The Department for Work and Pensions is the largest government department in the United Kingdom, created on June 8, 2001 from the merger of the employment part of the Department for Education and Employment and the Department of Social Security and headed by the Secretary of State for Work and...

 to both administer the council tax benefit system, and to cover payments. There may be further modifiers in certain circumstances, for example a discount for unoccupied property, a 25% discount for single occupants, or a total dispensation for diplomatic residences and residences completely occupied by students.


Some dwellings are exempt from paying Council Tax. The list outlined below broadly explains which types of properties may be exempt and where they will be exempt only for a specified length of time. Unless specified, there is no period of time for how long the exemption can last.

The highlighted descriptions indicate when a property can be occupied by certain people as opposed to the unhighlighted ones where the property must have no people living there at all.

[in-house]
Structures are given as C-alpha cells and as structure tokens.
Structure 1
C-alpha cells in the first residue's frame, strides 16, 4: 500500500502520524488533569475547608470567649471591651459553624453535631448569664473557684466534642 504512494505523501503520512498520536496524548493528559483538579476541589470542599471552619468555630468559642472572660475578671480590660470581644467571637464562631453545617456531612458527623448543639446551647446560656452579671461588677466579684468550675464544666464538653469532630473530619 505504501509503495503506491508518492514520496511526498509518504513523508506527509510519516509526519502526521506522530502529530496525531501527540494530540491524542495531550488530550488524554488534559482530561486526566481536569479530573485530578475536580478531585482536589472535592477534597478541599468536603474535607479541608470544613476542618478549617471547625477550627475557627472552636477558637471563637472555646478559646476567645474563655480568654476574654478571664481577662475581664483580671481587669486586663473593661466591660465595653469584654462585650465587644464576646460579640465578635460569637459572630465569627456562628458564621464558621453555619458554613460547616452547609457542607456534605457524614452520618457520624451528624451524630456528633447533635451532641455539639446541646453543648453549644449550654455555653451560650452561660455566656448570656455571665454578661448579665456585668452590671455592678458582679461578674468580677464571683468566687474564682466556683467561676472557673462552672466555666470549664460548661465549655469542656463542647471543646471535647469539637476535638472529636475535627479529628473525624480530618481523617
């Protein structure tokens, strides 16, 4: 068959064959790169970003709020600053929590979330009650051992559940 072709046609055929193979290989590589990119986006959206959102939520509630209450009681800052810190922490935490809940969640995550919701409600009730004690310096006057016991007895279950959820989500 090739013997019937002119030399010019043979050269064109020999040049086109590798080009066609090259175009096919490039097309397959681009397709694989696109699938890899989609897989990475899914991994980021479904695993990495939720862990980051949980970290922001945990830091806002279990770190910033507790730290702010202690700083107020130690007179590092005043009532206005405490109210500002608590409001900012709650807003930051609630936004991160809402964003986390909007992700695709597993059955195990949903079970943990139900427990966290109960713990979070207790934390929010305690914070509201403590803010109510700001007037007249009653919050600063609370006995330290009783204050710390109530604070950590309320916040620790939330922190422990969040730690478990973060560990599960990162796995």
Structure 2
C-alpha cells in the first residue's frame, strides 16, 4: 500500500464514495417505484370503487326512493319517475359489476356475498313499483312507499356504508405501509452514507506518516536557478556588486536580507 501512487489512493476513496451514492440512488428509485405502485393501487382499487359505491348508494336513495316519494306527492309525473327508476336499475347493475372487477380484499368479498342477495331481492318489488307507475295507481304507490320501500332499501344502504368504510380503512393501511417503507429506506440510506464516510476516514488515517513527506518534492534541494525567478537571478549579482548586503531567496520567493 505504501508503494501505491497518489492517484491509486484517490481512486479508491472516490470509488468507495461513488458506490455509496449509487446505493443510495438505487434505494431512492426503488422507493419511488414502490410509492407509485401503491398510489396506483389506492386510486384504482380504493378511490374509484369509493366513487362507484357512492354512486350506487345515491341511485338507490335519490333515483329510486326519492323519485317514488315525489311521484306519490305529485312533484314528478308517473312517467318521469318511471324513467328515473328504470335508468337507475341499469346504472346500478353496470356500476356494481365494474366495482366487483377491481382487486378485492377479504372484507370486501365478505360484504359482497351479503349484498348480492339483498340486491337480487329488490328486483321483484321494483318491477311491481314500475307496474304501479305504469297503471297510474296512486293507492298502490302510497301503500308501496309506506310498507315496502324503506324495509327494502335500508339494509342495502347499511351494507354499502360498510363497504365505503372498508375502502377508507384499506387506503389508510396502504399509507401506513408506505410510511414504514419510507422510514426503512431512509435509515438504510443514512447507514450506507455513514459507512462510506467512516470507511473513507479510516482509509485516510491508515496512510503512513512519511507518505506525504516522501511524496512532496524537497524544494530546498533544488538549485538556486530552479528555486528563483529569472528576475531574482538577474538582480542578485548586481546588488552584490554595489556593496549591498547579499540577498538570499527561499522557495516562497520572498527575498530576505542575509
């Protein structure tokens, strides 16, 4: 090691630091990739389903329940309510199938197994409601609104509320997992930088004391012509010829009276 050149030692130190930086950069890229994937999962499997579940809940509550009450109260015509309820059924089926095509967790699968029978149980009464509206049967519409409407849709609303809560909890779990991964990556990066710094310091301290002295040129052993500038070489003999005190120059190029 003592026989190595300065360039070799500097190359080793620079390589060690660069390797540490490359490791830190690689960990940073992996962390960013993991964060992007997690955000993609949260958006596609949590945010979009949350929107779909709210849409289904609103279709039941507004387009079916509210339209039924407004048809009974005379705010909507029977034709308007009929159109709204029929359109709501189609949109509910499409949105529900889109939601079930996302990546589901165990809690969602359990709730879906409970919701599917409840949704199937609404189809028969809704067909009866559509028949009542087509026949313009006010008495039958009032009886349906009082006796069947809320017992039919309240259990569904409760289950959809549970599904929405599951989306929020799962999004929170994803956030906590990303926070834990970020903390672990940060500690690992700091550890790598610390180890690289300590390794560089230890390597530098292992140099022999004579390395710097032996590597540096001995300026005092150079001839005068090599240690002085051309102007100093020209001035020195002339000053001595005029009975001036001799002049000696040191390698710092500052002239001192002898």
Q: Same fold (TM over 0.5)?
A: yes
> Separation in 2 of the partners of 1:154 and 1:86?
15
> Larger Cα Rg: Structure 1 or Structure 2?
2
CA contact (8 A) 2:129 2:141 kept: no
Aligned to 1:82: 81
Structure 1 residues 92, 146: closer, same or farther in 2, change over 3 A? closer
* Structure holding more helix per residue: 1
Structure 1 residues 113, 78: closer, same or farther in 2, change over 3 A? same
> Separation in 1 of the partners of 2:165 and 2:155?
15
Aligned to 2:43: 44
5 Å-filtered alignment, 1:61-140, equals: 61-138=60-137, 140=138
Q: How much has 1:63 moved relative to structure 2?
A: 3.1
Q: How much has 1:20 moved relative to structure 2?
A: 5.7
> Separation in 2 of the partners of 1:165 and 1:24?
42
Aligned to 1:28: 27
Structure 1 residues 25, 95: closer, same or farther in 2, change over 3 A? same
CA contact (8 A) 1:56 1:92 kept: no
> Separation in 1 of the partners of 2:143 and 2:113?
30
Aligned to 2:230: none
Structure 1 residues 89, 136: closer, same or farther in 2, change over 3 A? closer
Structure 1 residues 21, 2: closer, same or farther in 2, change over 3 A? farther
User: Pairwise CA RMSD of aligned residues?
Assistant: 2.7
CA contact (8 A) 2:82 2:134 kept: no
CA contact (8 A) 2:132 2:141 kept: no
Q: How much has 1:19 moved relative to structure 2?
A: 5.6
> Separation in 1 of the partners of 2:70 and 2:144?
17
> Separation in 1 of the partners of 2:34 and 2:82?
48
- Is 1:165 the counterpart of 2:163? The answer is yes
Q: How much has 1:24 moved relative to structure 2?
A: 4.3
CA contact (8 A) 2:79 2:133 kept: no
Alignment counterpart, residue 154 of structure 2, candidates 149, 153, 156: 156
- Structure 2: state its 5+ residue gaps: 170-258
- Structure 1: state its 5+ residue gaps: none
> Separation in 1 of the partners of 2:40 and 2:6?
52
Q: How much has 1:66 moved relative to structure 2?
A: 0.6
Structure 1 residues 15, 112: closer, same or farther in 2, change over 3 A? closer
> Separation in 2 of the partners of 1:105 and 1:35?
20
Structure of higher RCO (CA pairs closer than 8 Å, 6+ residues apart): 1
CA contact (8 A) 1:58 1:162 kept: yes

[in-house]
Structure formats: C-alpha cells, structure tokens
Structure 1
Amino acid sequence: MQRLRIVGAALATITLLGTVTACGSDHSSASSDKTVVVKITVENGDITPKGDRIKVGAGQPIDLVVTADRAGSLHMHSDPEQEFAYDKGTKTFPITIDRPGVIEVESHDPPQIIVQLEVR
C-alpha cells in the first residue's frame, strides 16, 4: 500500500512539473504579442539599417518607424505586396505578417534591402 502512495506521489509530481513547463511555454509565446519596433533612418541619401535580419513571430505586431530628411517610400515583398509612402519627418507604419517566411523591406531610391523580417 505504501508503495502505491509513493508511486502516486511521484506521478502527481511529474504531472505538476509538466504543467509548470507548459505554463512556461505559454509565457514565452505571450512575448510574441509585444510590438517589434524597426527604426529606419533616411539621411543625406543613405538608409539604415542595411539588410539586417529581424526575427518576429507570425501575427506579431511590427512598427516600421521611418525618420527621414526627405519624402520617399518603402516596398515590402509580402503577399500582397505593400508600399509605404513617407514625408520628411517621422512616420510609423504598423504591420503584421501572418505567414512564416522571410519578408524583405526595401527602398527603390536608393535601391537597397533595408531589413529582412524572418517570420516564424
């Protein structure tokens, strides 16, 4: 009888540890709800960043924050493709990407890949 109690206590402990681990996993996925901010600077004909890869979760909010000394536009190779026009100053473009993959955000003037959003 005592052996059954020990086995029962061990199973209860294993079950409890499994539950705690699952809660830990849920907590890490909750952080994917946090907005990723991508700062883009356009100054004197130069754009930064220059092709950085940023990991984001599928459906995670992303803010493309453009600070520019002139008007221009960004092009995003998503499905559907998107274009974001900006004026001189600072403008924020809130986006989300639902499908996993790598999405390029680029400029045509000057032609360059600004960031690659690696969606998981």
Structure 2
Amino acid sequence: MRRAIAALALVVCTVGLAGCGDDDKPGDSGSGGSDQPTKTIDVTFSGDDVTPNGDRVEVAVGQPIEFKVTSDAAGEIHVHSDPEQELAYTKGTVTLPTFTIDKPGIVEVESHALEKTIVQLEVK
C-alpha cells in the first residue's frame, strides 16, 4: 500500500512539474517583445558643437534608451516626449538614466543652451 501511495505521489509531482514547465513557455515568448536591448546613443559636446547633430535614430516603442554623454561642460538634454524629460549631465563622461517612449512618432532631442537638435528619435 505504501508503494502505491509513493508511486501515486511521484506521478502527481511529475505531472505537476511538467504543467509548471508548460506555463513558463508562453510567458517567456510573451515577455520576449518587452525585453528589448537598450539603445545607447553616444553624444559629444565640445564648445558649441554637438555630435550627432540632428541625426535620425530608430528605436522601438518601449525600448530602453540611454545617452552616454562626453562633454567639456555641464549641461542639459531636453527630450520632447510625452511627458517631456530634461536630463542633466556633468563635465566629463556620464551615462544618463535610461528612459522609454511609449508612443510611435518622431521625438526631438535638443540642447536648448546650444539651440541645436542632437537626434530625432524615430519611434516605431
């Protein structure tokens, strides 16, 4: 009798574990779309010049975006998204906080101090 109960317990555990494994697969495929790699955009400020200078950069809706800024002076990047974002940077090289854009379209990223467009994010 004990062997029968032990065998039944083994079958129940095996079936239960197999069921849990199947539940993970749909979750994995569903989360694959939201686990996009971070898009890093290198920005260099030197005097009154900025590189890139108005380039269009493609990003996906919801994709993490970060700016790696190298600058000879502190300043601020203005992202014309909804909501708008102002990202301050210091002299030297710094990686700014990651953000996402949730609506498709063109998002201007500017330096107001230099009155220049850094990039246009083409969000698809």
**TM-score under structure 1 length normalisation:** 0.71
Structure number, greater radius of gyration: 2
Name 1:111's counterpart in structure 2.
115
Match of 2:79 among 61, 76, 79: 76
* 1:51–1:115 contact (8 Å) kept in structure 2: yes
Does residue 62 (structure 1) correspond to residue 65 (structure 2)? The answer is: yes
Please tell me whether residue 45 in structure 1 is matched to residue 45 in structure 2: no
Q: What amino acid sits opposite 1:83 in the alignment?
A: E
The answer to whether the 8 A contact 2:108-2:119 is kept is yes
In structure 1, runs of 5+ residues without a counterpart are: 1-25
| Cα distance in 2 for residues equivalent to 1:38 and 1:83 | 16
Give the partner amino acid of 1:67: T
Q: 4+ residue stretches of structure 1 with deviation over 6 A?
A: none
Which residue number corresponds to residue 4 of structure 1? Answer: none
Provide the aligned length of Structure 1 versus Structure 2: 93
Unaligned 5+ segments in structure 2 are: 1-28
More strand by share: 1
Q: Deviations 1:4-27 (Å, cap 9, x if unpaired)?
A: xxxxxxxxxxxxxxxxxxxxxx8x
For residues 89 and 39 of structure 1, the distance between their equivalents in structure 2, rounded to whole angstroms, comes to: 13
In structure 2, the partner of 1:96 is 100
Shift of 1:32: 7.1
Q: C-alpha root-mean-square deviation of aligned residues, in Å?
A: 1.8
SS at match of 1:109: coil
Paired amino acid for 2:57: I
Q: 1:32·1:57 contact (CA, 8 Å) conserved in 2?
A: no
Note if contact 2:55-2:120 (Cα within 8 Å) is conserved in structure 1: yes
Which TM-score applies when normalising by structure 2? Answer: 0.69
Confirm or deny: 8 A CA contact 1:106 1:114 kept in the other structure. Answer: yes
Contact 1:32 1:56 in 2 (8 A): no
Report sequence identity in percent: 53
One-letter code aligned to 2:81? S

Class Description
A Vacant dwellings where major repair works or structural alterations are required, underway or recently complete (up to twelve months).
B Unoccupied (and furnished) dwellings owned by a charity (up to six months).
C A vacant dwelling (i.e. empty and substantially unfurnished) (up to six months).
D A dwelling left unoccupied by people who are detained in prison. Normal rates apply if they are imprisoned for non-payment of Council Tax.
E An unoccupied dwelling which was previously the sole or main residence of a person who has moved into a hospital or care home.
F Dwellings left unoccupied by deceased persons.
G An unoccupied dwelling where the occupation is prohibited by law, however squatters can still be charged normal rates if they are found to be residing there.
H Unoccupied dwellings of ministers of any religion.
I An unoccupied dwelling which was previously the sole or main residence of a person who is the owner or tenant and has moved to receive personal care.